Exercise Science Career
I'm very interested in the science of sports. Does an exercise science degree work for me?
In contrast to a degree in sports medicine, which is typically very narrowly focused on the needs of athletes, someone studying exercise science learns a broad and holistic approach to exercise and fitness. This creates career opportunities for graduates of exercise science programs that can include working with both athletes and non-athletes.
The American College of Sports Medicine states that specific exercise science careers cannot be clearly defined, because the focus that a student chooses while studying these areas will determine where a graduate will look for work far more than the degree itself will. This means that a graduate with an exercise science degree can choose coursework with a strong sports medicine orientation but still get the benefit of a program that teaches principles that can be applied to everyone.
What jobs are available with a sports emphasis in exercise science?
Choosing courses that emphasize sports medicine when studying exercise science allows a graduate to look at exercise and fitness from the standpoint of both the athlete and non-athlete. People with associate's degrees in Exercise science often become fitness or personal trainers or group exercise instructors, and many choose to pursue certification in these areas through the American College of Sports Medicine (ACSM) or other certification agency. Fitness and exercise trainers can work in settings where the population as a whole needs their expertise, such as health clubs, or they may work for organizations that train people for competition as in triathlon or road biking clubs.
Graduates with bachelor's degrees in exercise science can become fitness directors in company or private wellness programs, and again, certification can be attained in this area. A bachelor's degree paired with a teaching certification allows an exercise scientist to
What kinds of settings would I work in with an exercise science degree?
Work settings are hugely varied for people with exercise science careers. Personal and fitness trainers typically work in health clubs, and these can range from small private clubs to large busy centers that are open to the public. Many larger businesses are responding to recent research that points to the effectiveness of a healthy workforce and are hiring professionals to be on-site fitness directors. This means that someone with a degree in exercise science could find employment in a large manufacturing plant or high-tech software company.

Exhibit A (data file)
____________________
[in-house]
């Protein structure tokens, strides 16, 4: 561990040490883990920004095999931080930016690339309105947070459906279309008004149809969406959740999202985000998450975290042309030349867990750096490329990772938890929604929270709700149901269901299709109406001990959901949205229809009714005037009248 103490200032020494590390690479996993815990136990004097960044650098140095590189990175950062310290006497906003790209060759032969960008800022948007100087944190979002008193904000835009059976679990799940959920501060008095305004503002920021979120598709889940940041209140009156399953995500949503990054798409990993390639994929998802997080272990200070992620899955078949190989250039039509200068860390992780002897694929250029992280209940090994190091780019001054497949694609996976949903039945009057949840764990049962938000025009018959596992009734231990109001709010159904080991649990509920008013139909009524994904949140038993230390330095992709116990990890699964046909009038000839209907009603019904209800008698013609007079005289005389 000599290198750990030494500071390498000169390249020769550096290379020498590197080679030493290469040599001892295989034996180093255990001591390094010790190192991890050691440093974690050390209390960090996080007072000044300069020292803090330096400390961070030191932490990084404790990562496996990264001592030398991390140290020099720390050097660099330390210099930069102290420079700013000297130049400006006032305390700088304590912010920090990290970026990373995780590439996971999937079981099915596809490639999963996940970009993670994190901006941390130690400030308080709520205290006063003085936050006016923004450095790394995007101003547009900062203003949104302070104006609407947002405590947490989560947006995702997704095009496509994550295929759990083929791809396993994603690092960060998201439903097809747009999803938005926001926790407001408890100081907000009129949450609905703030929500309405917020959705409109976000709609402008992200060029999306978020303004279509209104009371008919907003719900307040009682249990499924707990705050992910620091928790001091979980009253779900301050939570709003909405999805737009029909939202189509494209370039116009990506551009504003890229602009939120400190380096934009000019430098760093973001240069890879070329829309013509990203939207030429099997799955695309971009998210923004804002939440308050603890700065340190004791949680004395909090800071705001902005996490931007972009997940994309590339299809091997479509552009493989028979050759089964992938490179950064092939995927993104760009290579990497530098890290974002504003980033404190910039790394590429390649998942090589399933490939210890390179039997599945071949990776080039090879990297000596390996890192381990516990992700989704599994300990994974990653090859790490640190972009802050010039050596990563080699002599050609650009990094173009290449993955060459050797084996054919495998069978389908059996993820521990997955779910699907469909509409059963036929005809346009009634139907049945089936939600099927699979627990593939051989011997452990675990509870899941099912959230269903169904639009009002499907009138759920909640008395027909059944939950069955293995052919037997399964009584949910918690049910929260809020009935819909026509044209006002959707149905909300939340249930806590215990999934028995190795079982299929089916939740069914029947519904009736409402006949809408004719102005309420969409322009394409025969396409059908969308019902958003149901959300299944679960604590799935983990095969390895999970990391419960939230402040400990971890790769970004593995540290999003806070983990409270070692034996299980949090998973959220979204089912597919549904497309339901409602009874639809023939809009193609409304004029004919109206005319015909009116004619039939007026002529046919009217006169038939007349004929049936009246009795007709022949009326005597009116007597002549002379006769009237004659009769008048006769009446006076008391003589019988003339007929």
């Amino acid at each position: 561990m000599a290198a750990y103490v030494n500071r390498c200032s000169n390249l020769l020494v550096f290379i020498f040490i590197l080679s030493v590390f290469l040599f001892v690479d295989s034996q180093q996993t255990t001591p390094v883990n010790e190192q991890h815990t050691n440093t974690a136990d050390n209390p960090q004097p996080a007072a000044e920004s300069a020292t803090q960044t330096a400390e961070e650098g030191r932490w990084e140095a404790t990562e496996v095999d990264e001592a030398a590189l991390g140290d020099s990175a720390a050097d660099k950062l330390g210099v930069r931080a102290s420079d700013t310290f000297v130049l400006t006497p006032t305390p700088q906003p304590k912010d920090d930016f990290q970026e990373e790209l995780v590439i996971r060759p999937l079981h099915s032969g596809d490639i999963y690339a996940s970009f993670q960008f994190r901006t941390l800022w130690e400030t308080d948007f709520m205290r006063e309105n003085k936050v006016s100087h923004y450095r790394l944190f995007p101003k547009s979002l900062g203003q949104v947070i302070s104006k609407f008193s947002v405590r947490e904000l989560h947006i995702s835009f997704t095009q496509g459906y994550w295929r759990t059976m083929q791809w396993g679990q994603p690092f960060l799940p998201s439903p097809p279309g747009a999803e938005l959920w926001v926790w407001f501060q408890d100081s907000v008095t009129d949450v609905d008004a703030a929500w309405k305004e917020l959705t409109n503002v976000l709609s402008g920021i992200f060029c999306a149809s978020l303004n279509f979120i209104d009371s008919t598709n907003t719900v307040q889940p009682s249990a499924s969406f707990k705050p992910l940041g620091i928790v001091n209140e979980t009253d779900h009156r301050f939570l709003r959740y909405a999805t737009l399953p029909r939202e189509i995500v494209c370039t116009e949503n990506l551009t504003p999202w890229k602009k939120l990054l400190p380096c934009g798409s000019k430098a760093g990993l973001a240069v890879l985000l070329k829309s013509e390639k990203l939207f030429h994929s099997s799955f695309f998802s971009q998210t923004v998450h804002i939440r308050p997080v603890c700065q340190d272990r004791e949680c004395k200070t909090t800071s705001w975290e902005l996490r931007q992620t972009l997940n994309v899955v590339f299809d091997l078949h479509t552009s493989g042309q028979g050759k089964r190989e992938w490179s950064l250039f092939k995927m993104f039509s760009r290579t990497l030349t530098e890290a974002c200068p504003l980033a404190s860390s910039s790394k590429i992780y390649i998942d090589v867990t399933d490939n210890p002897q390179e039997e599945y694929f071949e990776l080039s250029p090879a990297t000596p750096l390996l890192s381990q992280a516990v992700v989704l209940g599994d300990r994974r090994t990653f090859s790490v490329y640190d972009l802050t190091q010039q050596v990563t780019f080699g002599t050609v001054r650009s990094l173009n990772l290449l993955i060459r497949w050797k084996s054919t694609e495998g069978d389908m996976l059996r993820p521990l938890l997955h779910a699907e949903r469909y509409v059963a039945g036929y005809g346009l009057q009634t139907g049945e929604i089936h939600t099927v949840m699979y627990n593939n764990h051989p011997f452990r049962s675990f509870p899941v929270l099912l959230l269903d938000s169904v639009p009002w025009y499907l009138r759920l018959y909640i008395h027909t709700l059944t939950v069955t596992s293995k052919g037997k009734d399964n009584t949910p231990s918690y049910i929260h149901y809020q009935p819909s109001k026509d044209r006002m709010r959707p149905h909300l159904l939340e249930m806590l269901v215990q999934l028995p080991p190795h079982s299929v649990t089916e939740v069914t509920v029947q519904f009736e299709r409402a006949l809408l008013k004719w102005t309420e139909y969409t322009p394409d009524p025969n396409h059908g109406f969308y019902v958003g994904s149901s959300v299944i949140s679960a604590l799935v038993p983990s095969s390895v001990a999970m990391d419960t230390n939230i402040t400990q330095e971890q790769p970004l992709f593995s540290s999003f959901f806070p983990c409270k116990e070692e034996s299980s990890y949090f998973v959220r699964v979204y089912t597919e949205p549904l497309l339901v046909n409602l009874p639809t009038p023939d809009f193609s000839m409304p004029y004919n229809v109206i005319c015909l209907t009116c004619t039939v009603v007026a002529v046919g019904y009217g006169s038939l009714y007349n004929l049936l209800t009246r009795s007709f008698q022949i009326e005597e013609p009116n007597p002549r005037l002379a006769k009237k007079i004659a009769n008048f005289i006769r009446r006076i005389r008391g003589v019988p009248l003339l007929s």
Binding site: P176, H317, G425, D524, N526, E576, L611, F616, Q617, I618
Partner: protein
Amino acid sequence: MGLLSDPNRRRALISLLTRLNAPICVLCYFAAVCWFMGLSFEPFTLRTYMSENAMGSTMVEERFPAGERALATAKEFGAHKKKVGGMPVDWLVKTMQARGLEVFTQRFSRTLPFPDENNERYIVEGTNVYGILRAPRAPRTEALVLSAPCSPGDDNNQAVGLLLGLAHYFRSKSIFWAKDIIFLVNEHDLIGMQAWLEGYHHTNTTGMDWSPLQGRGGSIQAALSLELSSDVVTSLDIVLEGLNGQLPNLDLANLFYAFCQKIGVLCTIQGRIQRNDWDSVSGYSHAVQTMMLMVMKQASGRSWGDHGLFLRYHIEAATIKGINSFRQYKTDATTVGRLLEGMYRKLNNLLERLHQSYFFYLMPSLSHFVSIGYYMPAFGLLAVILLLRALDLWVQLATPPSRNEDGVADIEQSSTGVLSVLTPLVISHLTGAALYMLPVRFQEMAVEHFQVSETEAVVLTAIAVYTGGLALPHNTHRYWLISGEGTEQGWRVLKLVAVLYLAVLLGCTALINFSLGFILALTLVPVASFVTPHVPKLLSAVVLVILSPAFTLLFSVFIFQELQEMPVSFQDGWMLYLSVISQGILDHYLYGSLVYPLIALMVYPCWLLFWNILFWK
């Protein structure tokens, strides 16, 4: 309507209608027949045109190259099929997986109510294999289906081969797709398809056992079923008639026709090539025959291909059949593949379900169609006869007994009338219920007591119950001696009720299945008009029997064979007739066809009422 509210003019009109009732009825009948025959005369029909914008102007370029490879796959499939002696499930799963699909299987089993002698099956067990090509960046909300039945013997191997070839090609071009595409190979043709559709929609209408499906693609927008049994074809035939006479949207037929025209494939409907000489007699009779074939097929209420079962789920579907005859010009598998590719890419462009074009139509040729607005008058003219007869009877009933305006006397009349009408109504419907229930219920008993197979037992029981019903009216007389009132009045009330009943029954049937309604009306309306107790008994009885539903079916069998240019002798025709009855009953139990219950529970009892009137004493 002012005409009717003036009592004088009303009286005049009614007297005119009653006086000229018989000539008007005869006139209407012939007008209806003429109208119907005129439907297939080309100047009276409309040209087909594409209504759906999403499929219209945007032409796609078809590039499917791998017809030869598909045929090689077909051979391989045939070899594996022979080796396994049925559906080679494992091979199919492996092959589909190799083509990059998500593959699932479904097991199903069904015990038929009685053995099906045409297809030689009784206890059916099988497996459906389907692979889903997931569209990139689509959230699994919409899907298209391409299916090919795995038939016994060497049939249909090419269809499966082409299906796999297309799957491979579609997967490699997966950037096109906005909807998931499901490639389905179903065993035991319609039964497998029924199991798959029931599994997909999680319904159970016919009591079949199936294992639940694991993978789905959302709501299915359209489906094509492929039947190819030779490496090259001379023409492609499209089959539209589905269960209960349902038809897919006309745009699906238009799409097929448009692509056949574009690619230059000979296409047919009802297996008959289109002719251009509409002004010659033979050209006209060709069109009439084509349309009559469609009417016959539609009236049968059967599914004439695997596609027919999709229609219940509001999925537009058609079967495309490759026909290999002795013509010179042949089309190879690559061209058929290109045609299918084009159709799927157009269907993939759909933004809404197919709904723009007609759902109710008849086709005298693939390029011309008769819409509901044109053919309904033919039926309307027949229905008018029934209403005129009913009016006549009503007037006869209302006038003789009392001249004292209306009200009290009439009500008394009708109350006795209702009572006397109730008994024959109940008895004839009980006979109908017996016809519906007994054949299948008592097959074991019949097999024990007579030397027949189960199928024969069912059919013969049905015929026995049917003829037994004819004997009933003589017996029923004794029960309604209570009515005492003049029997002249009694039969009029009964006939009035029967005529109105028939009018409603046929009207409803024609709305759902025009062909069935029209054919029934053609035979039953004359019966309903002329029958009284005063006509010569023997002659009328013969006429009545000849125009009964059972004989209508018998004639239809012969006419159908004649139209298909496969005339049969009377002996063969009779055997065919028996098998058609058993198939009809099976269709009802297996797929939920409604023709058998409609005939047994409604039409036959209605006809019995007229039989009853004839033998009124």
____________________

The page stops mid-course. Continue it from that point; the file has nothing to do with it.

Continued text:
People who use their exercise science degree as the launching pad for additional degrees in physical or occupational therapy have the full array of health care centers available to them, including hospitals, private clinics, rehabilitation centers, as well as sports medicine centers.
Graduates with advanced degrees in exercise science with a focus in sports medicine can also look for careers with athletic programs based in high schools, colleges or professional athletic organizations.
What kind of education do I need for a career in exercise science?
While degrees in the field of exercise science are available at the associate's, bachelor's and master's level, the degree a student needs depends on what he or she wants to do. If the professional goal is to be a highly qualified fitness instructor or exercise trainer for the general population, an associate's or bachelor's degree will accomplish this. Students interested in more advanced clinical professions in areas of sports medicine or injury management will need to complete bachelor's or master's programs that may move from exercise science into a specialty area.